B. The Bible in Dialogue with Questions of the Day. God loves the world; divine vision, human frailty, new beginnings.

This feast of the Exaltation of the Cross, stressing God’s love for the world and Christ’s victory on the Cross and Resurrection over all the powers opposing the success of his life, death and resurrection, have a message for each individual, for the Church at large and the world.

The Gospel reading gives ample opportunity for the necessary dialogue between the church, the Christian message and the human vision and the forces at work in the world in which we live. On the one hand we have the vision of God’s love for the world, first as expressed by Jesus himself in John’s gospel: God so loved the world that he gave his only Son. God sent his Son into the world not to condemn it, but that through his Son the world might be saved. God loved us so much that he was generous with his mercy. He brought believers in him to life in Christ. This saving vision and action of God through Christ is to be continued and made manifest in the Church, by the Church, by believers. They are God’s work of art, created anew in Christ to live the good life and bear witness to God’s vision and message.

But to become a reality in the world of space and time, the divine vision must become real in human life, in believers, and then in those convinced of the value to them of this vision. And the vision can become a reality not through human effort but by the working of divine power as the apostle Paul candidly admits when reflecting on the mystery that is the new covenant. “But we have this treasure in clay jars, so that it may be made clear that this extraordinary power belongs to God and does not come from us” (2 Corinthians 4:7). Only too often both the ministers of the Church and of many of the faithful in general have feet of clay, that impede even consideration of the relevance of the divine vision, of God’s love for the world.

But even apart from this there are other elements of the vision of God’s love for the world that call for dialogue. Christ came that the world might have life and have it abundantly (John 10:10). Jesus is both life and light. As light he brings to light what is wrong and sinful, and as such brings judgment. Salvation means accepting the light, God’s vision of life. True life comes through “death” to what is dark and sinful in oneself. This is not a vision or message that is too easily accepted, least of all so in a society which either rejects the divine or is agnostic about God’s very existence. In any matter of dialogue with modern Western life, from the believer’s point of view, such as those attending today’s Mass and others, for whom the readings were originally, and still are, intended, the message remains clear: there are those prepared to hear Jesus’ message and those who are not. The Gospel reading calls on believers to accept God’s vision and message and be messengers of it to others in their lives and religious convictions. With regard to failures in Christian response, the Biblical message can provide a certain balance. The scandals, particularly in a limited number of clergy and religious, is saddening and disheartening, but still no call for despair. Rather it calls for reflection on some central truths, one truth being that the success of this divine vision of God’s love comes from God’s power, not from mere human effort. The divine vision shows up what believers, and the human race, are called to be. The divine light reveals human dignity and human failings.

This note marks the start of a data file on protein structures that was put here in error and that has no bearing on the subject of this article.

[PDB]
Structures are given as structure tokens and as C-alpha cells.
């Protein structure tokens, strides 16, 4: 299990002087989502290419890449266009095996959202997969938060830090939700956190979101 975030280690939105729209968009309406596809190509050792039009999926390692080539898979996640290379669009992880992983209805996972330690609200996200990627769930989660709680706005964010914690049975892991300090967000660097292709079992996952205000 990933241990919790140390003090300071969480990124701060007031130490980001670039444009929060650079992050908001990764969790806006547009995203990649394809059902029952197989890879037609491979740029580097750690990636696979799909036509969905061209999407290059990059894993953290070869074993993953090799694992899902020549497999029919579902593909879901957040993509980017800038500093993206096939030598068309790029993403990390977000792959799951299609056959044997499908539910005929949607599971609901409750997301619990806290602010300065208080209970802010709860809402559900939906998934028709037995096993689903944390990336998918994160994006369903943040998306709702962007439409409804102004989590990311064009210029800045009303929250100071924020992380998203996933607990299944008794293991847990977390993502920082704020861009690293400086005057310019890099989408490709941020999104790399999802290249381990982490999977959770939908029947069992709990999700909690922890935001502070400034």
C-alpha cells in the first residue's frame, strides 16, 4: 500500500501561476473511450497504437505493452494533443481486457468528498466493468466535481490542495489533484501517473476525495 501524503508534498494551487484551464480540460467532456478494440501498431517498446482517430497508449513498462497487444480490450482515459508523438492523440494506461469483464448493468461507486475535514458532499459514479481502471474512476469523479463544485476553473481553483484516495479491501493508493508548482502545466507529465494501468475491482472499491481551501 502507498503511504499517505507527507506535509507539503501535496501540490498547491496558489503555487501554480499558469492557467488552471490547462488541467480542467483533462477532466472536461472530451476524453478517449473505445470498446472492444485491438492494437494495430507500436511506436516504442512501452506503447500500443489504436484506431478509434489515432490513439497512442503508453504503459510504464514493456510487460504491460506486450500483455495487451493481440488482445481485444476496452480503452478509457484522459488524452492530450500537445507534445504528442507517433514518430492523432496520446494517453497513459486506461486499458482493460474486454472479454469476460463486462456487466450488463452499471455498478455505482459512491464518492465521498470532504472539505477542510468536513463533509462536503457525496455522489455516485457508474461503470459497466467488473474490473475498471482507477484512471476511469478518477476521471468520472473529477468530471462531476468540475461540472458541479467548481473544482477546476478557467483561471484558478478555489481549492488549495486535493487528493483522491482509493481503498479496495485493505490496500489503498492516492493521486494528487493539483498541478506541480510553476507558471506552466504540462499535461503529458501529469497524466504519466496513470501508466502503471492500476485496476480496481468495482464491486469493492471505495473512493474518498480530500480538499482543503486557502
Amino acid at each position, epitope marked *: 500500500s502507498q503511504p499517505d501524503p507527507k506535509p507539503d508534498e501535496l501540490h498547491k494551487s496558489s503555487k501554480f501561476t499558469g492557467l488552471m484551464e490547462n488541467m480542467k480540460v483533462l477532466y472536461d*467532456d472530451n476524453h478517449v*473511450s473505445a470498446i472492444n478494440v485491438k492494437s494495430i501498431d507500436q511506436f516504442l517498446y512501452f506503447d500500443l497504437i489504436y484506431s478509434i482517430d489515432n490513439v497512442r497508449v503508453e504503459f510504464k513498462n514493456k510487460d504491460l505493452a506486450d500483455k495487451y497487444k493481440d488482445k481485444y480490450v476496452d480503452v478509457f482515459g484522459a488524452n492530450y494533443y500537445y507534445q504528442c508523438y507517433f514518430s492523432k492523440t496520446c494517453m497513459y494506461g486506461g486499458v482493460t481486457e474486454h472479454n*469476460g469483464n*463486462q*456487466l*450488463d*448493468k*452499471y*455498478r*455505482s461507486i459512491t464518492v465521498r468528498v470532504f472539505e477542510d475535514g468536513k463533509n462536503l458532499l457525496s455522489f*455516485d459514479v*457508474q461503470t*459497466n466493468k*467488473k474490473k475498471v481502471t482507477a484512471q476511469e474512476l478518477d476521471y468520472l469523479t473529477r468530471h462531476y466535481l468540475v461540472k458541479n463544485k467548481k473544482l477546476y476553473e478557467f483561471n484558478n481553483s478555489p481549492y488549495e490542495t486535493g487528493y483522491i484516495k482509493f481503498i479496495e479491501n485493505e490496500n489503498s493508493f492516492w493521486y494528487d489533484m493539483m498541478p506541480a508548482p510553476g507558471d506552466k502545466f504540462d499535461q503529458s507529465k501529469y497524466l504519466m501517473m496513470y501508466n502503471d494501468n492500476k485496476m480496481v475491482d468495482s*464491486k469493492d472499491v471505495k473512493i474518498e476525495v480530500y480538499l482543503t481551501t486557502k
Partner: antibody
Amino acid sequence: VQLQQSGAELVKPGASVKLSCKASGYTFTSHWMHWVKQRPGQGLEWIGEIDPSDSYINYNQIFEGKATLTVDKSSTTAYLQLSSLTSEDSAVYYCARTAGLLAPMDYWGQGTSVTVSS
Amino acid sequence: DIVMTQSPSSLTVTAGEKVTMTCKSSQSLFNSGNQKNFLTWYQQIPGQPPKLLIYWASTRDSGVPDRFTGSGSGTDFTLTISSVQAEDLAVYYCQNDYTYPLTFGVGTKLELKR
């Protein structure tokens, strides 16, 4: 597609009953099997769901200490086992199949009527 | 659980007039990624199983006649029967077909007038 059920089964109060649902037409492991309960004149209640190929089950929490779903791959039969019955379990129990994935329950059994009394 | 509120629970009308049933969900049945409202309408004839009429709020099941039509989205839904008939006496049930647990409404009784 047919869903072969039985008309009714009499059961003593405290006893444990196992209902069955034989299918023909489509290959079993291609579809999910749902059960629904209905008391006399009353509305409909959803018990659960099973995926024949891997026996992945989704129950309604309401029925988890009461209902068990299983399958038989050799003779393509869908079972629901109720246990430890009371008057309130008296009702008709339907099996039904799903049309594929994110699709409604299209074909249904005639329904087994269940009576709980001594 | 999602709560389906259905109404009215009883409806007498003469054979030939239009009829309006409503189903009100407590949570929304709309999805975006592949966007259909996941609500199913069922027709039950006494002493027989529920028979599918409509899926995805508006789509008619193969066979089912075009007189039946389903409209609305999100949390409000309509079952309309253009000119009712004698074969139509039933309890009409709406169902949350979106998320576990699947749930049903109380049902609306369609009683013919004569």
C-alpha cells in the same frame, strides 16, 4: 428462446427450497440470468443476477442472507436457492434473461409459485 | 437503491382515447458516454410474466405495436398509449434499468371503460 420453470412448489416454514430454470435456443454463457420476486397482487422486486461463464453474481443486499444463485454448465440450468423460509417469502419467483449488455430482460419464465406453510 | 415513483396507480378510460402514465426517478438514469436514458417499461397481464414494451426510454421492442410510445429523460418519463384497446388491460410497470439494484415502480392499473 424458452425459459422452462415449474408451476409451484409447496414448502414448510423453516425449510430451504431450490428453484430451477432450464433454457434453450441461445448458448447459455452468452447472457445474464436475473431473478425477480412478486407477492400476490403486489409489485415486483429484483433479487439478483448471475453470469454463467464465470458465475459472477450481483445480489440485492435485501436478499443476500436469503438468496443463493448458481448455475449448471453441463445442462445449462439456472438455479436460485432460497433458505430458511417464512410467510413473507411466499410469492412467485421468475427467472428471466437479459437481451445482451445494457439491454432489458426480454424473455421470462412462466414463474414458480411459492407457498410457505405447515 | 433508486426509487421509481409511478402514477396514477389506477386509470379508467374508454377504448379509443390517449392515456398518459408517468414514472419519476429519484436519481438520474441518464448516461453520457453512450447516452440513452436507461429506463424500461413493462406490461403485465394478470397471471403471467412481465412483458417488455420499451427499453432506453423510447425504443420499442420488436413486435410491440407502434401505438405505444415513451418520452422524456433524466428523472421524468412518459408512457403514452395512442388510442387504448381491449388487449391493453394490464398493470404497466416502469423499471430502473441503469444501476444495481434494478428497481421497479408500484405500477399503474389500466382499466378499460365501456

For our own day and for individuals in moment of strife the Gospel reading has a potent message. Jesus came and died not to condemn but to save, to bring life, hope and meaning to life. And yet in our own day, particularly among young males, we see so many cases of persons in darkness, who see no meaning in existence and terminate their own lives. An answer to this sad problem is not easy to find, but the Church and the Sunday liturgy may have a role to play in stressing the presence of Jesus and the meaning of life, even in times of darkness and difficulties. We all may have a role in this matter. The life of each Christian is still God’s work of art. Let us pray that the Church, and each one of us, may live the divine mystery that we are.